Happy Birthday Buddy! I love you VERY much. Thank you for being a major motivator in my own journey and I look forward to the next chapter in your life.

Thursday, March 15, 2012

Weight Loss Tips from the 'Wizard of Oz'

As you go through your own journey of weight loss, remember these important basics with help from these infamous characters.

There are TONS of websites and blogs out there (including this one) that talk about weight loss, weight loss surgery, nutrition, fitness, etc. and it is easy to get overwhelmed about what works and doesn't.

While only you can actually decipher what works best in your life, let Dorothy, Scarecrow, the Tin Man and the Cowardly Lion inspire you and keep you motivated:

Dorothy: Keep trying to lead yourself "home". Dorothy's goal was to get home and she spent her entire time in Oz trying to get there.

Your "home" is your ultimate goal. Before you choose to eat something or head into a workout, think about how it will affect your goal and the results you are expecting. If you are expecting to drop 10 sizes while constantly eating or snacking on handfuls of carbs, fats, and/or sugars, you may as well stay locked in the Wicked Witch's tower because you will never get "home".

Remember, your goal is to get heck out of "Oz".

Scarecrow: Share the knowledge you have. Scarecrow thought he needed the Wizard to give him a brain, but he realized (with the Wizard's help) that he had one all along.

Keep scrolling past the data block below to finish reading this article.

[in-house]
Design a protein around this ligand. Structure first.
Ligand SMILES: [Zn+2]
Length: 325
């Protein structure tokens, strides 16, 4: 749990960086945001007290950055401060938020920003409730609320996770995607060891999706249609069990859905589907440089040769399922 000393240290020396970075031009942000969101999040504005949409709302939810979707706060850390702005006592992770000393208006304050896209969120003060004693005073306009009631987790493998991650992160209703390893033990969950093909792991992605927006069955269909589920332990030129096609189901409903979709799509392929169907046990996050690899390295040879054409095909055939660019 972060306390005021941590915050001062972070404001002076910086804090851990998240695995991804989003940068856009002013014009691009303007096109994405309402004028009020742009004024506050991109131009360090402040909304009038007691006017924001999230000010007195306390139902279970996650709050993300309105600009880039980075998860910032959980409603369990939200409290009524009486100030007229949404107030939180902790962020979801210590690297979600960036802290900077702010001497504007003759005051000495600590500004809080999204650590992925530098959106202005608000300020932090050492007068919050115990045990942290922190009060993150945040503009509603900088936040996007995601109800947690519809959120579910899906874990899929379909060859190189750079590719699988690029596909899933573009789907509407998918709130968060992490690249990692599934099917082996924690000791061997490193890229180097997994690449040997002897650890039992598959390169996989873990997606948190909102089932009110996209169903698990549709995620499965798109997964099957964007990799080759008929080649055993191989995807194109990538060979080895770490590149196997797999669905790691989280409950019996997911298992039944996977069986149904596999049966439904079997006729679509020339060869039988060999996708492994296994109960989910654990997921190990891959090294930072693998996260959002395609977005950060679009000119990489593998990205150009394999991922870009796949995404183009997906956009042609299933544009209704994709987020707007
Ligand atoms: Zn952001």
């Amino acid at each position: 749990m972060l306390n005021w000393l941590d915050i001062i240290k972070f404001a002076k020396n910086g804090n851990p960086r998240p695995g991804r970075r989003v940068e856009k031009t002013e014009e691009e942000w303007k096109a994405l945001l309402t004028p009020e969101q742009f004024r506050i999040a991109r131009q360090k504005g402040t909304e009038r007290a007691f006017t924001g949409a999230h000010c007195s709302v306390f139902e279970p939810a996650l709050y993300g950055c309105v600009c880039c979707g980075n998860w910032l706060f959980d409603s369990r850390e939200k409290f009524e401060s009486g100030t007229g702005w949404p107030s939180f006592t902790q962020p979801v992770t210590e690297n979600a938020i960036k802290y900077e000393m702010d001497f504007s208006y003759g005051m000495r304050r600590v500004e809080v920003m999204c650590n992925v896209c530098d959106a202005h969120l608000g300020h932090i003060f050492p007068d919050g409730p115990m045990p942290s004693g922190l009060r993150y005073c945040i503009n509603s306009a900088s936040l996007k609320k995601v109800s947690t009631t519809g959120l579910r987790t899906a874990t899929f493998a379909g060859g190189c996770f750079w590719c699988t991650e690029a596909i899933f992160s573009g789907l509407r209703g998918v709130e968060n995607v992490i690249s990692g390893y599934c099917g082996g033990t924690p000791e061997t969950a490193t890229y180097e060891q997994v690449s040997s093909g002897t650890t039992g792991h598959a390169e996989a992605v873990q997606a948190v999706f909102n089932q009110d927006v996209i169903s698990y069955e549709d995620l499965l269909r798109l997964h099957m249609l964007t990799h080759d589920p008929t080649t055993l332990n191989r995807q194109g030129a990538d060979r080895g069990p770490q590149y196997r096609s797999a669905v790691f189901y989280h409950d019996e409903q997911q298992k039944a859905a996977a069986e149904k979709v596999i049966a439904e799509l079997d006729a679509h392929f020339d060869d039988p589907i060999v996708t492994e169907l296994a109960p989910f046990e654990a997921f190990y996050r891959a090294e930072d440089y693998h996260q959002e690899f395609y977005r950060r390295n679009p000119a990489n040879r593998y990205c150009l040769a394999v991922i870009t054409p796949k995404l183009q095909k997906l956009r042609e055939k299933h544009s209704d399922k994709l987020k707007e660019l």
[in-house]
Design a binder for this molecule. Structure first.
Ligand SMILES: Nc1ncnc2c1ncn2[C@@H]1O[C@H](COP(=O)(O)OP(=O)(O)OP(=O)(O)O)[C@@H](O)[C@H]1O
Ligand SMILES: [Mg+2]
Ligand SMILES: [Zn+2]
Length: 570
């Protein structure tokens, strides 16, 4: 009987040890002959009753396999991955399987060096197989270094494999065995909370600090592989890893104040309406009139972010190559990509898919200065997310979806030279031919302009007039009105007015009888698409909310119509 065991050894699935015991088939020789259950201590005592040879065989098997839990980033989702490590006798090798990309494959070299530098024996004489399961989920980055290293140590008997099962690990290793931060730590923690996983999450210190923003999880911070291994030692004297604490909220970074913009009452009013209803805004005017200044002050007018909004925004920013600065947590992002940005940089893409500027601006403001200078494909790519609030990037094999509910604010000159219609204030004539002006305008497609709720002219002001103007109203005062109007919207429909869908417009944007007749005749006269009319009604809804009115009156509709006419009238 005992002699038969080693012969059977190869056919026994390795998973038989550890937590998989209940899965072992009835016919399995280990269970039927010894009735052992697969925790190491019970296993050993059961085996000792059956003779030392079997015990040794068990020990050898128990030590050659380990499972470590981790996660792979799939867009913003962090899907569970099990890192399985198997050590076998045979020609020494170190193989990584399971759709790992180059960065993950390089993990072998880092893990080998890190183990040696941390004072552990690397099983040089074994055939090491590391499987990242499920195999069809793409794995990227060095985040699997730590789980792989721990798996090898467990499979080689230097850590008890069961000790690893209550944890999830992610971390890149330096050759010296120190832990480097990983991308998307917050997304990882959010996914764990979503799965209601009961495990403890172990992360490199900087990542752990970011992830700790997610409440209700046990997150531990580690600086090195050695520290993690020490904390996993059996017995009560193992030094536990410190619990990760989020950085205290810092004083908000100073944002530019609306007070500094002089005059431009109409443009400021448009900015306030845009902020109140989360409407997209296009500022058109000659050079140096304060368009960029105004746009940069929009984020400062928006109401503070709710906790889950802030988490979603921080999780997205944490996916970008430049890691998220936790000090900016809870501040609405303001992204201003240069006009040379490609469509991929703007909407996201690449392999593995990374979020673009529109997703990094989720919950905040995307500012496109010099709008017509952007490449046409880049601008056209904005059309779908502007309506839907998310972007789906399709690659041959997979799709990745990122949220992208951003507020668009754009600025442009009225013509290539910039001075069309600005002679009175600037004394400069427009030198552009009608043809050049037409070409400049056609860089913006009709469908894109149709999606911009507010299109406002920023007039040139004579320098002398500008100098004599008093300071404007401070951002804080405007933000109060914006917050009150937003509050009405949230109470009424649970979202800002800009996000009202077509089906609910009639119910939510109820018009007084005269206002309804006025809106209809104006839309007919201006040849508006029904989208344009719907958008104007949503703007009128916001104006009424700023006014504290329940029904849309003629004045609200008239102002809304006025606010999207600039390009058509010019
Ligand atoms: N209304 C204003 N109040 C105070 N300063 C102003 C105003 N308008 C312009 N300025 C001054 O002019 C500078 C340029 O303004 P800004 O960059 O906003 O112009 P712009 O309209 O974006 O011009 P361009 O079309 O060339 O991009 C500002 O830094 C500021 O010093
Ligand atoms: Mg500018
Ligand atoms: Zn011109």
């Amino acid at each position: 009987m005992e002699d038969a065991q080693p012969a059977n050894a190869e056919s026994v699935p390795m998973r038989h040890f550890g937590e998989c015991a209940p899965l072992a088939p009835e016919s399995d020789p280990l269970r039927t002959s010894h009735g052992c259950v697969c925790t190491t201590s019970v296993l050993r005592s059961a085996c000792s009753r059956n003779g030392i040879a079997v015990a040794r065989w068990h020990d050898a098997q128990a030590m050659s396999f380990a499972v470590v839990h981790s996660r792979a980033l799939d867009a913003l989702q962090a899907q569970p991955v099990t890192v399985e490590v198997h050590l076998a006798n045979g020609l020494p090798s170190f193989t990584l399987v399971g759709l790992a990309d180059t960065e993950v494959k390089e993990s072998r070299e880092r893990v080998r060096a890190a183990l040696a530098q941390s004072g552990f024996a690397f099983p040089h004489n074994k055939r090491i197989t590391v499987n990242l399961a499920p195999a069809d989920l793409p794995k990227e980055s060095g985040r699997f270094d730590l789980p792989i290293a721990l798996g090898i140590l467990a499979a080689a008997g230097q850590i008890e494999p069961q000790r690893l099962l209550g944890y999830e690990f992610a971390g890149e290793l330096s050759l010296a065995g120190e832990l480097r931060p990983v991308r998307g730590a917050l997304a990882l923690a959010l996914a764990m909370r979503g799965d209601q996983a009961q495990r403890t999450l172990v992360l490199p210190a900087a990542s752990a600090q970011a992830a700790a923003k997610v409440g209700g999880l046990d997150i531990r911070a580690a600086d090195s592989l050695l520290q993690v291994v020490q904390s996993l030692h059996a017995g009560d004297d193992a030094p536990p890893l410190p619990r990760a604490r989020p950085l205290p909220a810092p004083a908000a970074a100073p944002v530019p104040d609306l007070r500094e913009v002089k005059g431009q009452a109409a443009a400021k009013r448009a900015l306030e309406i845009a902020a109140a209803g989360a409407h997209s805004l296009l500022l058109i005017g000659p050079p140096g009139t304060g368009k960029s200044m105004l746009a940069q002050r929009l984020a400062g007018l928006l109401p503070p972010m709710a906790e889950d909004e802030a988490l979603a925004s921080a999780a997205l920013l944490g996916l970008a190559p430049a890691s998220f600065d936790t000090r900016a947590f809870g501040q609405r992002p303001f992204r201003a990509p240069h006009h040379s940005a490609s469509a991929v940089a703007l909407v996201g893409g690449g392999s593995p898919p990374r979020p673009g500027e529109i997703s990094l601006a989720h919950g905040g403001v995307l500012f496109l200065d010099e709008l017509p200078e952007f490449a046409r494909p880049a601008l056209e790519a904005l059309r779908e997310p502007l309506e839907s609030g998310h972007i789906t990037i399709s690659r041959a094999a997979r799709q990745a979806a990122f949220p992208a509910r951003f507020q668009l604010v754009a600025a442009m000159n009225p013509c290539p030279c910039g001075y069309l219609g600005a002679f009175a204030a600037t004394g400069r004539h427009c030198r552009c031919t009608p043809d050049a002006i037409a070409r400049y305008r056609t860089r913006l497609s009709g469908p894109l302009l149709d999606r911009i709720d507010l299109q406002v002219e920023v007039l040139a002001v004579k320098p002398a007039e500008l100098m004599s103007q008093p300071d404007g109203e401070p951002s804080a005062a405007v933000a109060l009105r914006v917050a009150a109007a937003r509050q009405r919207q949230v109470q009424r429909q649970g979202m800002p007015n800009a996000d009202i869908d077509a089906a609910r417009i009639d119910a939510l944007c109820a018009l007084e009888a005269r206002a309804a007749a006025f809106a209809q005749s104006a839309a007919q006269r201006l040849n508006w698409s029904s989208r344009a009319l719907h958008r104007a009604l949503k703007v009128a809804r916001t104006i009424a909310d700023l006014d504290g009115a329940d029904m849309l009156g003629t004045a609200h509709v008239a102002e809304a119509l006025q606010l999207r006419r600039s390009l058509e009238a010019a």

You, like Scarecrow, have knowledge too. You might think you don't but you really do know what is right and wrong with your own diet and fitness habits. If you avoid those subjects, you are essentially setting yourself up for failure. Educate yourself on the basics and then share the knowledge with those who surround you.

Embrace your brain and you will become an expert for yourself and others.

Tin Man: Have a heart (and carry an oilcan in case of emergency). Just as the Tin Man showed that he had a heart, so should you. It is OK to feel good about yourself. As you accomplish your goals, share your emotion with the world and be proud of your achievements.

If you have an off day and get a little "rusty" in your diet or fitness routine, have a friend (or other motivational tool) nearby to "oil the squeaks" and keep pressing on. Just don't let yourself get so rusty that you can no longer move.

Cowardly Lion: Don't be afraid. Don't hold yourself back because you are afraid to take a step forward. Making a decision that takes confidence to stick with it, such as changing your lifestyle (including eating and exercise habits), can be a scary thing.